RISD Pulls Out of US News Ranking | This Week in Admissions News

17/02/20235 minute read
RISD Pulls Out of US News Ranking | This Week in Admissions News
The world of college admissions is ever-changing and for students with top university ambitions, it’s important to stay up-to-date on the latest developments. This week, more universities continue to pull out of the US News ranking with Rhode Island School of Design joining the boycott. Check back next week to see what’s new and noteworthy in university admissions!

Rhode Island School of Design Pulls Out of US News Ranking

It seems that the US News rankings cannot catch a break. Until now some of the top law schools and medical schools have announced their intention to not submit data for the rankings publication. It seemed that undergraduate rankings would continue as planned. However, Rhode Island School of Design (RISD) has now become the first university to pull out of the undergraduate rankings. 

RISD said U.S. News’ methodology does not capture how its students learn. The college also referenced a recent alumni survey that showed a majority of them “were proud of and happy with their RISD education.” “We believe that these outcomes speak to the impact and effectiveness of a RISD education,” Williams said. RISD, based in Providence, enrolls about 2,570 students, according to the most recently available federal data. Most of those are undergraduates. 

Until last year, U.S. News & World Report categorized RISD and other art and design schools as “Speciality Schools: Art.” Under this heading, RISD’s undergraduate programs (reflecting 80 percent of matriculants) were unranked. However and as a result of small curriculum changes to some of RISD’s programs, last year it was categorized as a “regional school.” Despite the change, RISD ranked high in its group. However, the university said it had very little in common with the other universities in its group, Higher Ed Dive has reported. 

The US News rankings have taken a beating recently, with top institutions quitting and also a series of allegations that the publication uses false data for its listings. They have promised to reform law school rankings to counter some of the criticism. It remains to be seen whether other undergraduate programs will join RISD.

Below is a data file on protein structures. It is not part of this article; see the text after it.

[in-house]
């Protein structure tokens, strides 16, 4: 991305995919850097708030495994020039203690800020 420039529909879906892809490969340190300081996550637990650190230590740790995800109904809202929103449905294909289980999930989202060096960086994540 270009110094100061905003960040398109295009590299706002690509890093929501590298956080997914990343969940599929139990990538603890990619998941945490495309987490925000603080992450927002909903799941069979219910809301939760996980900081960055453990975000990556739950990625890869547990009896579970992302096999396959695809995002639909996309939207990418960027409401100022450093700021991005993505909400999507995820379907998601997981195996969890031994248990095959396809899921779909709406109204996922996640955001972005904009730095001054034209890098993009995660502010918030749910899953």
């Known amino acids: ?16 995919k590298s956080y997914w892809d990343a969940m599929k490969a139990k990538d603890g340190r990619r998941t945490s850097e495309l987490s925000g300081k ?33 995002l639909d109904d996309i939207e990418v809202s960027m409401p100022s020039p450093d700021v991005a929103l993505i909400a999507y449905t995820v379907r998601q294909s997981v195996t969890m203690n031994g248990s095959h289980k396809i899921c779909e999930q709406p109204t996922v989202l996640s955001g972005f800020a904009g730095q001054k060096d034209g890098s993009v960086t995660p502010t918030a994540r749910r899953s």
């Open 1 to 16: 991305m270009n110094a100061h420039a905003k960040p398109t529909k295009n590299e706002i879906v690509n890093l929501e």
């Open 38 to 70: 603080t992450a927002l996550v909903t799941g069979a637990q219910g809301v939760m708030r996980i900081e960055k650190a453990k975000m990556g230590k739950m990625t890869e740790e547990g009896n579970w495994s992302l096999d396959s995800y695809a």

RISD is not the first undergraduate institution to step away from the rankings. Reed College, in Oregon, exited the rankings in 1995 and it is still known for the decision today!

Other top stories in admissions news this week:

  1. Georgetown University has been named the top Fulbright student-producing institution in the US, with 49 of its recent alumni or grad students selected for the 2022/23 program year. Pennsylvania State University and the University of Arizona followed close behind as top scholar-producing schools, each with 17 researchers participating in the program. Sponsored by the US government, the Fulbright Program is the nation’s leading international educational exchange initiative. The Fulbright Program – sponsored by the US government – is the country’s flagship international educational exchange program. 
  2. Studies have consistently shown that internships can greatly enhance a student’s employability, with 91% of companies giving preference to job applicants who have work experience under their belt. According to an article by Study International, students don’t have to venture far from their university to find valuable internship opportunities. The article highlights the top 5 universities that offer highly competitive and paid internships to their students, which include the University of Oxford, Loughborough University, University of Edinburgh, University of Cambridge, and the University of Salford.
  3. University of Virginia admitted 6,000 students in the second round of early action admissions to the Class of 2027. A record 56,512 people have applied to UVA so far this year, a 10% increase over last year. More than 36,000 students applied for early action, which is non-binding for applicants, who meet an earlier application deadline in exchange for earlier notification. Of those who applied, roughly 6,000 were accepted; nearly 9,500 applications came from Virginia and 27% were admitted; and about 27,000 out-of-state students applied and 12% were admitted.
  4. Under a method being tried across several states, small numbers of students who have completed their high school requirements are being guided into beginning their college careers without collecting their graduation diploma, Times Higher Education reported. That lets them remain officially part of their high school communities – keeping them directly connected to guidance counsellors – while they start attending two-year or four-year universities.
  5. Australian officials have cleared a Covid logjam of student visa applications, with a record processing effort bringing the backlog “back to normal”, according to the Times Higher Education. Immigration boss Michael Willard told an International Education Association of Australia symposium that his department had finalised a record 217,000 overseas applications for student visas in the latter half of 2022, after the government boosted its visa-processing workforce by almost 500.